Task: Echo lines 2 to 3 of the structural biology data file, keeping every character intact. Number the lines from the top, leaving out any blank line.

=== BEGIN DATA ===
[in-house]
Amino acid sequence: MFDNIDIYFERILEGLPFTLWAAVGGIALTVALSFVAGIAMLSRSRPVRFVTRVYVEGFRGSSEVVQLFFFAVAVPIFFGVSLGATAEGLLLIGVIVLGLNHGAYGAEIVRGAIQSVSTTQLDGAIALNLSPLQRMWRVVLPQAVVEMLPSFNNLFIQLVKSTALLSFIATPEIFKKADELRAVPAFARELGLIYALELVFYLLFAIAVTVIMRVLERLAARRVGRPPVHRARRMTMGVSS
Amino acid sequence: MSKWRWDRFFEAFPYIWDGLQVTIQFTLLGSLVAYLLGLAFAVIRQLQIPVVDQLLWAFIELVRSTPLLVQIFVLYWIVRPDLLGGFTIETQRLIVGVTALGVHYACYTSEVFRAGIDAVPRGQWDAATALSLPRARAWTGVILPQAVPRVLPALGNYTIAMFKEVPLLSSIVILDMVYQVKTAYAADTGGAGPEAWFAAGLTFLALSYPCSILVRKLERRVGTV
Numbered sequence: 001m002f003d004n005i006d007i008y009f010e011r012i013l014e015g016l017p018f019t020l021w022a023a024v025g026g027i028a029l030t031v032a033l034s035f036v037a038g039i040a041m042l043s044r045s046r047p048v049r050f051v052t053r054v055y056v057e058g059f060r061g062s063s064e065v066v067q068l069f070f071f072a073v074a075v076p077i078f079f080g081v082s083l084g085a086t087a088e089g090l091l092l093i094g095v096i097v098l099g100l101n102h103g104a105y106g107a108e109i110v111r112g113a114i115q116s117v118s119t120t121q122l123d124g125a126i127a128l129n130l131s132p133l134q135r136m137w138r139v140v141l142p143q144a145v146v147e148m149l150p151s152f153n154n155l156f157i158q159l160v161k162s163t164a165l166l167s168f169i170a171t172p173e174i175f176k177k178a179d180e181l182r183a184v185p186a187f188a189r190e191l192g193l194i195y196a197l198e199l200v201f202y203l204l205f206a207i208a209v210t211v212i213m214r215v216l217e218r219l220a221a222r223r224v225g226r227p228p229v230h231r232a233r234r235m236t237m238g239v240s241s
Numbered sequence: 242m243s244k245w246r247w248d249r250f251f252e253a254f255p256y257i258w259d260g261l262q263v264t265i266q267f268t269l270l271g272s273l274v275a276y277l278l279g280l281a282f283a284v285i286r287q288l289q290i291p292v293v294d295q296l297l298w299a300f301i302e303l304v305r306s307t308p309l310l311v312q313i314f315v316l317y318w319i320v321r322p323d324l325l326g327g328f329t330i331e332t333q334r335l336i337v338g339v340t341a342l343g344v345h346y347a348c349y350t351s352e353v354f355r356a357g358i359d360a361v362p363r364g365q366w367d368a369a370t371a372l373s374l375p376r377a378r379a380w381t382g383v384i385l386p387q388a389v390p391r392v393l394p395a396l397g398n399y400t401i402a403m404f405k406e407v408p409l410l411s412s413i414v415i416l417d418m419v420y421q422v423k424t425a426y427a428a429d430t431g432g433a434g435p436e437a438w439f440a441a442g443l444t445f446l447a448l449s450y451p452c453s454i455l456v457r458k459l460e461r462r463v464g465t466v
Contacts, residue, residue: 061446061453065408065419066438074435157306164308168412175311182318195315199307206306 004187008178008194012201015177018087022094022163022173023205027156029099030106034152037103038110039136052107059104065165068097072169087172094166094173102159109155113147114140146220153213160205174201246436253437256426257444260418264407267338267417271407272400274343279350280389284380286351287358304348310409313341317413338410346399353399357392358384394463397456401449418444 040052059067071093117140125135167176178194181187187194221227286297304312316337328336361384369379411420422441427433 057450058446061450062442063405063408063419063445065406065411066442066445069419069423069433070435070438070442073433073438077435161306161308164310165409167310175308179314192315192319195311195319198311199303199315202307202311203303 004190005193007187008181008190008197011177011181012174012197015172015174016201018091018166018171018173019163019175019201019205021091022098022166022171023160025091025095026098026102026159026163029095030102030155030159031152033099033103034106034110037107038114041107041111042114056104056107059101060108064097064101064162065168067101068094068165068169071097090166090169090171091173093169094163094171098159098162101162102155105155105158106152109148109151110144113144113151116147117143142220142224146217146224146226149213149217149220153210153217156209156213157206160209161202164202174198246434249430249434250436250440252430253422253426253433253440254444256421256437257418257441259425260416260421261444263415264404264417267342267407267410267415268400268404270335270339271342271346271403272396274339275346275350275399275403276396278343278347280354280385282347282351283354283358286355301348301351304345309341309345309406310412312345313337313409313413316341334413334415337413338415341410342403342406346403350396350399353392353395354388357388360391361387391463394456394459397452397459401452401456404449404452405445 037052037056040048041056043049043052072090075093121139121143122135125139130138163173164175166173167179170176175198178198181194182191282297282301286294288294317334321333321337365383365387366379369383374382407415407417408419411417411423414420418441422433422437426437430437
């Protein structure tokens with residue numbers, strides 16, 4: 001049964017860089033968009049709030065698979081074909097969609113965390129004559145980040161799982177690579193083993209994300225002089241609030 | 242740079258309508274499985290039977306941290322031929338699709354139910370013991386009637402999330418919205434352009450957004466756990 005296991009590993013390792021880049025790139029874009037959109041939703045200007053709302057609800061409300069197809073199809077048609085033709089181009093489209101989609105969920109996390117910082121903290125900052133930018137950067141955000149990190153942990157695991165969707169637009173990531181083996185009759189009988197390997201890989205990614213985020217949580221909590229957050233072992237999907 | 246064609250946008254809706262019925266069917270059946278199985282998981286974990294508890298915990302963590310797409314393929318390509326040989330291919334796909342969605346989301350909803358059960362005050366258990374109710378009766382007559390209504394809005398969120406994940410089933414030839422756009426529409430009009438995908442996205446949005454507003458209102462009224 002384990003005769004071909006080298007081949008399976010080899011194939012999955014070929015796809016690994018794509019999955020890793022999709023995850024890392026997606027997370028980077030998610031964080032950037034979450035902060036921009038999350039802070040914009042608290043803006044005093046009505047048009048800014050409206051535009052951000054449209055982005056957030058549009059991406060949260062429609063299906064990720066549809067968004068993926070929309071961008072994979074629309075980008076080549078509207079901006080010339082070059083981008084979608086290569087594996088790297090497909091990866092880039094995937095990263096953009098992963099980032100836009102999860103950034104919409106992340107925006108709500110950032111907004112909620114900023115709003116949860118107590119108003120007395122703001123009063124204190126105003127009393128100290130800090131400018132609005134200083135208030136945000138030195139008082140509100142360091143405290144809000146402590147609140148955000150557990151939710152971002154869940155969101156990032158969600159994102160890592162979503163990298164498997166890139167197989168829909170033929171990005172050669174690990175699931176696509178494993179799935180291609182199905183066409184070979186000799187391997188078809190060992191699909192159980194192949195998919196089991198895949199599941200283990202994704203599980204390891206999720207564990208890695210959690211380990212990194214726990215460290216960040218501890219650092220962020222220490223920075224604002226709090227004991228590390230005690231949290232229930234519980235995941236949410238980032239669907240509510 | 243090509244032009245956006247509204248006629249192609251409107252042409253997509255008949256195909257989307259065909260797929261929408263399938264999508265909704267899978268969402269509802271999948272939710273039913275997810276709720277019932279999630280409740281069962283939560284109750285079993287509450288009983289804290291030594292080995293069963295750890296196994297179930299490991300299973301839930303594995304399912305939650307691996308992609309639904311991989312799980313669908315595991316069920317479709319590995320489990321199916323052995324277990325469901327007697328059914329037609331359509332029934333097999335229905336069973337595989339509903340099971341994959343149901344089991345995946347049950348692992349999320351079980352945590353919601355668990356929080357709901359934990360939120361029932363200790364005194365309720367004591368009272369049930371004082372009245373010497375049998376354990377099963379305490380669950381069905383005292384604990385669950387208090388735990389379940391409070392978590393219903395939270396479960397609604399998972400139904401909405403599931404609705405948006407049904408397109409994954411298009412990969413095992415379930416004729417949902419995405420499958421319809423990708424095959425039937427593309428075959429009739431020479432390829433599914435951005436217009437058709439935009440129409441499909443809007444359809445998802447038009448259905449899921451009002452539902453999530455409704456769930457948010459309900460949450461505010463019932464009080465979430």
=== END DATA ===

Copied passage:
Amino acid sequence: MFDNIDIYFERILEGLPFTLWAAVGGIALTVALSFVAGIAMLSRSRPVRFVTRVYVEGFRGSSEVVQLFFFAVAVPIFFGVSLGATAEGLLLIGVIVLGLNHGAYGAEIVRGAIQSVSTTQLDGAIALNLSPLQRMWRVVLPQAVVEMLPSFNNLFIQLVKSTALLSFIATPEIFKKADELRAVPAFARELGLIYALELVFYLLFAIAVTVIMRVLERLAARRVGRPPVHRARRMTMGVSS
Amino acid sequence: MSKWRWDRFFEAFPYIWDGLQVTIQFTLLGSLVAYLLGLAFAVIRQLQIPVVDQLLWAFIELVRSTPLLVQIFVLYWIVRPDLLGGFTIETQRLIVGVTALGVHYACYTSEVFRAGIDAVPRGQWDAATALSLPRARAWTGVILPQAVPRVLPALGNYTIAMFKEVPLLSSIVILDMVYQVKTAYAADTGGAGPEAWFAAGLTFLALSYPCSILVRKLERRVGTV